This piece will close the ten-part degrowth.info series on strategy, highlighting some of the key insights and charting the development of the strategy debate within degrowth. We will then offer some insights on how our own understanding of strategy and degrowth has changed over the last two years since we first urged the community to engage with this topic more. Finally, we will consider the promising idea of a Degrowth International and offer some potential pathways forward for the degrowth movement.
The conference “Degrowth Vienna 2020: Strategies for Socio-ecological transformation” took place online between May and June 2020, in the midst of a pandemic crisis. This two-part piece will firstly reflect upon the conference (part I) and then propose ways to move forward (part II).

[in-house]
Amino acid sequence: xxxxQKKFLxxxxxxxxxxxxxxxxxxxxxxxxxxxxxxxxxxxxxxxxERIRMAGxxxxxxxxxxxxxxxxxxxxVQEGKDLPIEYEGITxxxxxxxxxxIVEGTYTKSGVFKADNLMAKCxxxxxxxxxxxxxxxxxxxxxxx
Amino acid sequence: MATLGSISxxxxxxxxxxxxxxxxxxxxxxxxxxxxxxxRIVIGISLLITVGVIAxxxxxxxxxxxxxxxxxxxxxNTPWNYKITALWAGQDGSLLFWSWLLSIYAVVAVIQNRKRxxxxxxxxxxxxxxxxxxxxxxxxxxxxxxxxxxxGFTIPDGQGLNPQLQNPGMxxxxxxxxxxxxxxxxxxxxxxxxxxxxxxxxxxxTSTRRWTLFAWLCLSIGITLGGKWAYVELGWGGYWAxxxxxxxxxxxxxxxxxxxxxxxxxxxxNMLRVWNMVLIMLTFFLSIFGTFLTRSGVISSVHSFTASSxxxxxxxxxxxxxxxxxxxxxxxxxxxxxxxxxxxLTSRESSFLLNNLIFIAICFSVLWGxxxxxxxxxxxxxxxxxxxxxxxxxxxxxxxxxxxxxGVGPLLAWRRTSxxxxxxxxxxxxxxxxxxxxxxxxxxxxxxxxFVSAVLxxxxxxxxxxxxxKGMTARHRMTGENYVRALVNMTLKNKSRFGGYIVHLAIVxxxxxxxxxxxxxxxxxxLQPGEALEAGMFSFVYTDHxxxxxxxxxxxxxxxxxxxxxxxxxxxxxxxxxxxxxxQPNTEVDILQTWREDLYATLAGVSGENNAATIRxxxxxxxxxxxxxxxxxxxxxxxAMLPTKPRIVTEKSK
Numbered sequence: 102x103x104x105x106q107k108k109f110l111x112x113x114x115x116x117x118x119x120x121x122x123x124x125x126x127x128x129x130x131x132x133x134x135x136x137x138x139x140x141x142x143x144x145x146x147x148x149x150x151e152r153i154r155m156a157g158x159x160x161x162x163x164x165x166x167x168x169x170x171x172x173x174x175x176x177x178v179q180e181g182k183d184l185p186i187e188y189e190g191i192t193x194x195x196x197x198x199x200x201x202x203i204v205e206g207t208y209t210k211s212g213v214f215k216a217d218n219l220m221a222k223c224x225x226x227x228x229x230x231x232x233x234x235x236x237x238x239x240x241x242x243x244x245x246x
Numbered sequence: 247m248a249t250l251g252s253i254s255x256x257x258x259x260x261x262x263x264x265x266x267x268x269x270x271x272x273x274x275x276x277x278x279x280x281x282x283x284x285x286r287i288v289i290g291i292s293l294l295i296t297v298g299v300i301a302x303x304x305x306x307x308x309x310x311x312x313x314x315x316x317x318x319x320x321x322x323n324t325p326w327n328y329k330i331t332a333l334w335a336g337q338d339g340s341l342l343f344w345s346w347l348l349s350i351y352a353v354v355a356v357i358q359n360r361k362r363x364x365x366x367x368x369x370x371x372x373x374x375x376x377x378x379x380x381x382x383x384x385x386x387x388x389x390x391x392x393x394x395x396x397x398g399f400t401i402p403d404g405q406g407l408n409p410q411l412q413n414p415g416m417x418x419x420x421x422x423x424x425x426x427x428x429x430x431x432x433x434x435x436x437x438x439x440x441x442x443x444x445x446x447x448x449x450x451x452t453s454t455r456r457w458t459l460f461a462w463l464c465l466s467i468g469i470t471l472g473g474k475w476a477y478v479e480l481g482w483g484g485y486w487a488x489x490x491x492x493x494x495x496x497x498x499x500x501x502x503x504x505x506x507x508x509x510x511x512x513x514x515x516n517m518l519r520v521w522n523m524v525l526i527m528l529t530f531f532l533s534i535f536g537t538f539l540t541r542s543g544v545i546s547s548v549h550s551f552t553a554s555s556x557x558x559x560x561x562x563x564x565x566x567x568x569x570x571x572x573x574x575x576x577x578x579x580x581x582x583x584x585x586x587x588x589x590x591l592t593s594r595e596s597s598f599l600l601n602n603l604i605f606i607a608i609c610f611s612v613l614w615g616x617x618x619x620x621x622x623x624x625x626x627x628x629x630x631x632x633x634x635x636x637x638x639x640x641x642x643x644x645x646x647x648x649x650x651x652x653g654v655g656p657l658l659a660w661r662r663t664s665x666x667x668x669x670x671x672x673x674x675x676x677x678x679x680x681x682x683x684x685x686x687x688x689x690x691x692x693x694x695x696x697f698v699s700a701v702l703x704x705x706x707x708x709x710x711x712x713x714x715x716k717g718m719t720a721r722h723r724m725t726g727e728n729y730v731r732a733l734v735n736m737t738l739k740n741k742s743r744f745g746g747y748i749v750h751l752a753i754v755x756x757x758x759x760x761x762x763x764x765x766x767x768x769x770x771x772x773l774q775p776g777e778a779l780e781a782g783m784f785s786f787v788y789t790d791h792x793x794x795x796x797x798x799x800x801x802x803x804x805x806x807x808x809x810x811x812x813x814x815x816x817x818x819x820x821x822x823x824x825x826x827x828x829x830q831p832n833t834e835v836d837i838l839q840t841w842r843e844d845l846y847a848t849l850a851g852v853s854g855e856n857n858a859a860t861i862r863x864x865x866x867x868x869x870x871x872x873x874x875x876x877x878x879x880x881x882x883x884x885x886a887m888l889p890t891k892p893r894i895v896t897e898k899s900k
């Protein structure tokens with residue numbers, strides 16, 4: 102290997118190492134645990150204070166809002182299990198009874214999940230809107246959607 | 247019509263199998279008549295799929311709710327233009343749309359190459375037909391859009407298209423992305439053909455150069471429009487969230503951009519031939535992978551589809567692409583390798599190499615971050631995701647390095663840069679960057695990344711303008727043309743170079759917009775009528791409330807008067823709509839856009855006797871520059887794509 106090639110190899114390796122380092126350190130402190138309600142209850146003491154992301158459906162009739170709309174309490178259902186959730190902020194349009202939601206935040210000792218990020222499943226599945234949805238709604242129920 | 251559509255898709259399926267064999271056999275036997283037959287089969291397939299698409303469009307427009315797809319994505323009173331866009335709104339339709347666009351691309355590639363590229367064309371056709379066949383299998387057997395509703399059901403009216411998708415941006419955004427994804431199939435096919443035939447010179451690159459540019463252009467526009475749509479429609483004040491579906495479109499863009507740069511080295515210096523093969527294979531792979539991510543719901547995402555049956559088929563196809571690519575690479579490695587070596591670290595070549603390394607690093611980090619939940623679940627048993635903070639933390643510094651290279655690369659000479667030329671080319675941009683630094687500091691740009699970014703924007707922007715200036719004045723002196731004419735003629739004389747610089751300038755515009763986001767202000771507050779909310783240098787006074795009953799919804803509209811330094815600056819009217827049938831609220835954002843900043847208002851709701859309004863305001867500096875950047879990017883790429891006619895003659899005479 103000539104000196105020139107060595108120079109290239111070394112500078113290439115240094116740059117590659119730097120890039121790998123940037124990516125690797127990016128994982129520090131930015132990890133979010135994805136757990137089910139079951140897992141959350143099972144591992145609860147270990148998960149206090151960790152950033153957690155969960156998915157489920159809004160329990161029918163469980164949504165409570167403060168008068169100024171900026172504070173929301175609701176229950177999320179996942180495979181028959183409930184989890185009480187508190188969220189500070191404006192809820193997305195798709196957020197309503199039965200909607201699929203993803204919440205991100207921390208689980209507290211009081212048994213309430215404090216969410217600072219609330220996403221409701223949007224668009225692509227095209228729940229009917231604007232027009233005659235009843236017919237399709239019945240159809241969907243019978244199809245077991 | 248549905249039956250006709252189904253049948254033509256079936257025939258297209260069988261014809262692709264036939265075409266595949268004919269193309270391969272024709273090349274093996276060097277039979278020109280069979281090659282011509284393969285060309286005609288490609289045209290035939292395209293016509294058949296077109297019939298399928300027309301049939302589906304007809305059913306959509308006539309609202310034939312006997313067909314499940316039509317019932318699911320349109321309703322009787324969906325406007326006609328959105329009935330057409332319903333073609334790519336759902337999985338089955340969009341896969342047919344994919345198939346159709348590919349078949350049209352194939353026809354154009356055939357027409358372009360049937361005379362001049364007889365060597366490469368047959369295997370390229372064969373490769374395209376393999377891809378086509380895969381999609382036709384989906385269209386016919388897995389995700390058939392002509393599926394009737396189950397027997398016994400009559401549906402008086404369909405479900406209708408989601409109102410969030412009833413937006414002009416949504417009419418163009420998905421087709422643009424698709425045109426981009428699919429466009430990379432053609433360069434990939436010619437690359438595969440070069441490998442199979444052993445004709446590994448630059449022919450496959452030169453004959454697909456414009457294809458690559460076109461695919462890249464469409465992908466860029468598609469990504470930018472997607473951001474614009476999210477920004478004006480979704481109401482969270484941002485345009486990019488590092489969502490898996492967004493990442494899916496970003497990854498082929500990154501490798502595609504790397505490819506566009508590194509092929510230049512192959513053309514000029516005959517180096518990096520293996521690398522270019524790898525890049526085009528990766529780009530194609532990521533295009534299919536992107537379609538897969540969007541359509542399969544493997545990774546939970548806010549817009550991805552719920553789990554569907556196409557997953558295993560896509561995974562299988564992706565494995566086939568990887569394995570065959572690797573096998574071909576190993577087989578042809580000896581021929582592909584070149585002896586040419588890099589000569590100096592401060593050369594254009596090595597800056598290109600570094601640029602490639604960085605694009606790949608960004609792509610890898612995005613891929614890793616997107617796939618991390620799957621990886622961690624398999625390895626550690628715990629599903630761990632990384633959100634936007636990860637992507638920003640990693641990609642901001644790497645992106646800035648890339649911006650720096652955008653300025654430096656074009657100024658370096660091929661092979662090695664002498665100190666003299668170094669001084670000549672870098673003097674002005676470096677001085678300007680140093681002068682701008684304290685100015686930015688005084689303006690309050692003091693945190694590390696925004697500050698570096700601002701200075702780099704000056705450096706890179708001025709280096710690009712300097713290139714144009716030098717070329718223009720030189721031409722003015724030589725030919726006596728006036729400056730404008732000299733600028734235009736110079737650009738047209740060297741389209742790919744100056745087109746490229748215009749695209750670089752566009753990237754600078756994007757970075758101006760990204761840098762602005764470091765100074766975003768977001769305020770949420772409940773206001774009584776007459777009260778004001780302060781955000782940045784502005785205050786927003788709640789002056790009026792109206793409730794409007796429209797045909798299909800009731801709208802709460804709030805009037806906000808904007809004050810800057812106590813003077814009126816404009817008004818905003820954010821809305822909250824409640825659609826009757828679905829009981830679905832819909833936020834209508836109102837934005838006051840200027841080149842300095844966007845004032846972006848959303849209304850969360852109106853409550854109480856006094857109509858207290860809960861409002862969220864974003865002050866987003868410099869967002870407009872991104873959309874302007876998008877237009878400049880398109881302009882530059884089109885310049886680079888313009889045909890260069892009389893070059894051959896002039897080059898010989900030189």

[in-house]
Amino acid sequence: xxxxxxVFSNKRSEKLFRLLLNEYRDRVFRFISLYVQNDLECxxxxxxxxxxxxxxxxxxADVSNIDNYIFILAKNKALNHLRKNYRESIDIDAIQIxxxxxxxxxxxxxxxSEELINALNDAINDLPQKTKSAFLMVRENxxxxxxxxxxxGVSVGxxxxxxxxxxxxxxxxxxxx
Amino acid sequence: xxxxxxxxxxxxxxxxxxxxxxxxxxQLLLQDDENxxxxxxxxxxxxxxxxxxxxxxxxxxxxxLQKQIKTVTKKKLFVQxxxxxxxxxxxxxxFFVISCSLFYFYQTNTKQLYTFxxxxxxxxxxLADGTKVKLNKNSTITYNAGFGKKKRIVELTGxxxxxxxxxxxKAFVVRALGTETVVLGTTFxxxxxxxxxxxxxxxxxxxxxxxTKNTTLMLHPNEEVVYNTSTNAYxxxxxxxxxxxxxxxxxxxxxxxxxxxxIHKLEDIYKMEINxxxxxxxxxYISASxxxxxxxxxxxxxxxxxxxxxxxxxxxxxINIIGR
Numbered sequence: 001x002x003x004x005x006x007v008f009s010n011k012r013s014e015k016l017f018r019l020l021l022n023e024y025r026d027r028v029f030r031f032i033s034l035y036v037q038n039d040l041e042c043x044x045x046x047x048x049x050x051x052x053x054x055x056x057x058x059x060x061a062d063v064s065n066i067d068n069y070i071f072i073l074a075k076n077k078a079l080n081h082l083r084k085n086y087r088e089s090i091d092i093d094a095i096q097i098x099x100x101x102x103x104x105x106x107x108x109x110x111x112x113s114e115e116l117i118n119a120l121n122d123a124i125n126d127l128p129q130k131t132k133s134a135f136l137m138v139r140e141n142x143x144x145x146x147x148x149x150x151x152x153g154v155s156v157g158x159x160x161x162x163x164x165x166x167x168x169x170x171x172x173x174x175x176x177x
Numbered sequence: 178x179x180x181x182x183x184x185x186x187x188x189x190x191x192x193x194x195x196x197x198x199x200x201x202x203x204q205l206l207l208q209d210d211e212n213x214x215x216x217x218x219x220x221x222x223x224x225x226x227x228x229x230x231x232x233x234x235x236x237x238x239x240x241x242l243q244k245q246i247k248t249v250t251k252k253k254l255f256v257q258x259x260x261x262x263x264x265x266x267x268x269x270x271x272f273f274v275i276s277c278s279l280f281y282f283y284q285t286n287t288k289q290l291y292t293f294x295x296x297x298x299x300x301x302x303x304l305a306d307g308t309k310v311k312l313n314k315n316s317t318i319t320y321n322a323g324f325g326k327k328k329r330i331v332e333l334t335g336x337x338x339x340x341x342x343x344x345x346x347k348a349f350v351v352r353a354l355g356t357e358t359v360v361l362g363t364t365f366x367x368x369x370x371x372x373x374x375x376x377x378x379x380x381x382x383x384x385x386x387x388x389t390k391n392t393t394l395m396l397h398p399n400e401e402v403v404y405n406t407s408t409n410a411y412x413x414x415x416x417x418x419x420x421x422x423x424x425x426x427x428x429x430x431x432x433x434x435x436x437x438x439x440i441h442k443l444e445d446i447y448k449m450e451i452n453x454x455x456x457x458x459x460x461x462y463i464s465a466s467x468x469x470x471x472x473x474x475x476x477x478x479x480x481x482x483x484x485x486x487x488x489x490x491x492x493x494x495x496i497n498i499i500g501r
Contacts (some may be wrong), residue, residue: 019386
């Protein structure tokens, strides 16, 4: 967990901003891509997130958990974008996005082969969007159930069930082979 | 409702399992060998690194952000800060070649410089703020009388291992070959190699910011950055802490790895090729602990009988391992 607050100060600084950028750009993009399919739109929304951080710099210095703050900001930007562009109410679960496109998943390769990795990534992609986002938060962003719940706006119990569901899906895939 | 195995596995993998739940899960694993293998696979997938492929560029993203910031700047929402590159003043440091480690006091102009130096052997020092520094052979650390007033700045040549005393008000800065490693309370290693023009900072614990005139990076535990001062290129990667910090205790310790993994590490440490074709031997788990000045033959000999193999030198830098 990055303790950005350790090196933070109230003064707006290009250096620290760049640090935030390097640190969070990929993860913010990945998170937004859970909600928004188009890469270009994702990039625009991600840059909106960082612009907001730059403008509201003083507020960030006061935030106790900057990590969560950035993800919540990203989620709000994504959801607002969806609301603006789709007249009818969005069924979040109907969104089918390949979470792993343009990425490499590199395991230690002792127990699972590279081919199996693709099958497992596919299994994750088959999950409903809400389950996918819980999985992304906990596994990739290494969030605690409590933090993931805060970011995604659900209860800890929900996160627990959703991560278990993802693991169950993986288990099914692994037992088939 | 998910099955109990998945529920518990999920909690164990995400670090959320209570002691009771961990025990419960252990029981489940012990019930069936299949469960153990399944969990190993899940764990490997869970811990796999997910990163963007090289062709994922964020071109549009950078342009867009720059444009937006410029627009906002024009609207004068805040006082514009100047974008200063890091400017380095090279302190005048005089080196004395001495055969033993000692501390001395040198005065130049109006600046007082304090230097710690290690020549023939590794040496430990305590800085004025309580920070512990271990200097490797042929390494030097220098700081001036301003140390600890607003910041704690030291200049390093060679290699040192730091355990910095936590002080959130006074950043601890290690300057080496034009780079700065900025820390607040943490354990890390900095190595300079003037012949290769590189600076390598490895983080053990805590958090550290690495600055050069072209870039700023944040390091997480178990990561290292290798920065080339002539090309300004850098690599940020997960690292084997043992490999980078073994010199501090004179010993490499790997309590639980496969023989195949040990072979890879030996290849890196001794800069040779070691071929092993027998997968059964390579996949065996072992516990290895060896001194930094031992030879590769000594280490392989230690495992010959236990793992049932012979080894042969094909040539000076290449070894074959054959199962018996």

Degrowth addresses the negative consequences of consumerism (psychological stress, long working hours and positional competition) and discusses the benefits of frugal lifestyles. Henri Lefebvre, a French philosopher from the 20th century, argues that if ideas or values are not physically implemented in space, they become mere fantasies. As such, if degrowth wishes to prevail, it has to leave its mark on space, just as consumerism has successfully done. This article considers ideas of creating space and human-nature connectedness, which in combination, seem to be a perfect match in forming a strategy for degrowth.
The holidays are special; a chance to stop working, slow down and spend time with family and friends. The numerous family gatherings will likely involve discussions about the state of the world, politics, climate change, and maybe even degrowth. In case you find yourself in this scenario, we have put together this list of tips and suggestions for how to discuss degrowth with family and friends during the holidays: